17Percent was set up by playwright Sam Hall in 2009. While taking writing courses, including an MA in Creative Writing, she noticed a significant imbalance in the number of women to men. In a class of 20, for example, there would be only about 4 men. But the majority of the plays studied on these courses were written by men; the majority of plays performed at UK theatres are written by men. So Sam began to ask herself ‘why weren’t all those women who set out studying playwriting going on to have work performed and published?’ The answer is incredibly complex and spans borders.
“Men have been accepted as creators of art for much longer,” she says, “so that any woman who now succeeds within this structure is credited with being a ‘woman in a man’s world’. There is also a much bigger body of work by men to choose from, as historically most writers have been male. Other reasons may be that writing doesn’t pay very well, and unless you have a rich benefactor (or supportive partner) you can’t afford to develop your writing.” A number of other factors may also contribute, such as women taking time off for family or simply not being commissioned as often. They might not also be getting commissioned since their work might be viewed as desirable primarily for a “women’s” audience. Perhaps women don’t send their work out ‘on spec’ as easily, only about 1 in 5 scripts received at The National Theatre is by a woman.
Despite such statistics, Sam is ultimately undeterred. “Institutions can be modified,” she says. “Just because we are looking at a long history of male dominance in art doesn’t mean we should just accept the status quo. We should do everything we can to try and even up the score. Equality is what 17Percent is about.”
17Percent is an organisation to support and promote UK-based female playwrights.
And why 17%? It’s a significant figure; it was quoted at Sphinx theatre’s 2009 ‘Vamps, Vixens and feminists’ conference as the percentage of UK women playwrights being produced and it’s also the pay gap between men and women. When only 17% of UK produced plays are written by women, when women make up 52% of the UK’s population, and 65% of the theatre audience, something is badly skewed. (Figures from 2010)
And why is this important? Drama is important as it gives us a plan for living. If all stories are about men and told by men, we keep seeing the same story; we get used to a dominant male view. Our showcases give women a voice and the opportunity to share stories from a female perspective, and show positive role models onstage to both women and men.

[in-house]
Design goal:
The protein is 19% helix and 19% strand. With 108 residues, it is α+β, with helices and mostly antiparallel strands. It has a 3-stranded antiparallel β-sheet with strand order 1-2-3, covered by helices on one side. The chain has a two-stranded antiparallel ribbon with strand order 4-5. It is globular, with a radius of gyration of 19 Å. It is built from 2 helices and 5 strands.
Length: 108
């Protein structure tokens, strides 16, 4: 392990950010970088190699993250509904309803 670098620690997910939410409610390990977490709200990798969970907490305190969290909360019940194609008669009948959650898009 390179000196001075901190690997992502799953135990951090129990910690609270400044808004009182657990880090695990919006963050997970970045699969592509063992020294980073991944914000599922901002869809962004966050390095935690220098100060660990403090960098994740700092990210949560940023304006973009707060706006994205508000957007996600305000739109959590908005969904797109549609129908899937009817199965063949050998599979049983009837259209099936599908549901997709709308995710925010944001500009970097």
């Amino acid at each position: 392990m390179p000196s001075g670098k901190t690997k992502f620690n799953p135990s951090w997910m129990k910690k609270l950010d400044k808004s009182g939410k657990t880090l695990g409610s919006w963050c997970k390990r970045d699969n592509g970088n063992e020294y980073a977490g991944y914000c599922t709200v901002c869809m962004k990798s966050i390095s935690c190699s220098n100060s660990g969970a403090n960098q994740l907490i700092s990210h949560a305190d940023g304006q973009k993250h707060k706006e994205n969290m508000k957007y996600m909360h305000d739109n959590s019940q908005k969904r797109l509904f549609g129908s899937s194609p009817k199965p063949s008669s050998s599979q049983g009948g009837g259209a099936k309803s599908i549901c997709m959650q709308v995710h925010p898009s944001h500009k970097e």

We will support and promote female playwrights primarily through showcases with opportunities for feedback; mentoring opportunities; feedback and dramaturgy; championing women’s achievements in the theatre; and, providing positive female role models and inspirations.
Our events will not for women only. We believe that to achieve equality, women and men should work together: in a conversation not a competition.
The key aim of 17Percent is to widen the debate about why women aren’t getting their work produced and help more women get more of their work performed in the UK.
We run a Medway theatre group for writers and those who want to make theatre with those writers. (Our aim is to broaden this out to other areas.) This group produces showcases with guest writers and writers from the group - see our EVENTS pages for more info. We are currently looking to develop this group, so please get in touch if you are interested.
We offer a very occasional email subscription newsletter with news, reviews, interviews and writing opportunities – click here if you want to subscribe. (The newsletter comes out very infrequently at the moment, due to work commitments.) You can find back issues in various formats in the DOWNLOADS section.
We are also building an online video resource on YouTube full of interviews with ‘interesting and inspiring’ playwrights and women who work in the theatre, or women have some good advice to share; so far interviewees who have generously shared their advice are: Van Badham (then, Finborough Theatre); Gill Kirk and Samantha Ellis (playwrights); Alison Mead (Three4All); Gemma Lloyd (Act Up); Nancy Hirst (Icon Theatre); and expert in women in business, Dr Suzanne Doyle-Morris. We have just launched our series of Guides to working in the theatre. If you would like to share your knowledge, please drop Sam a line.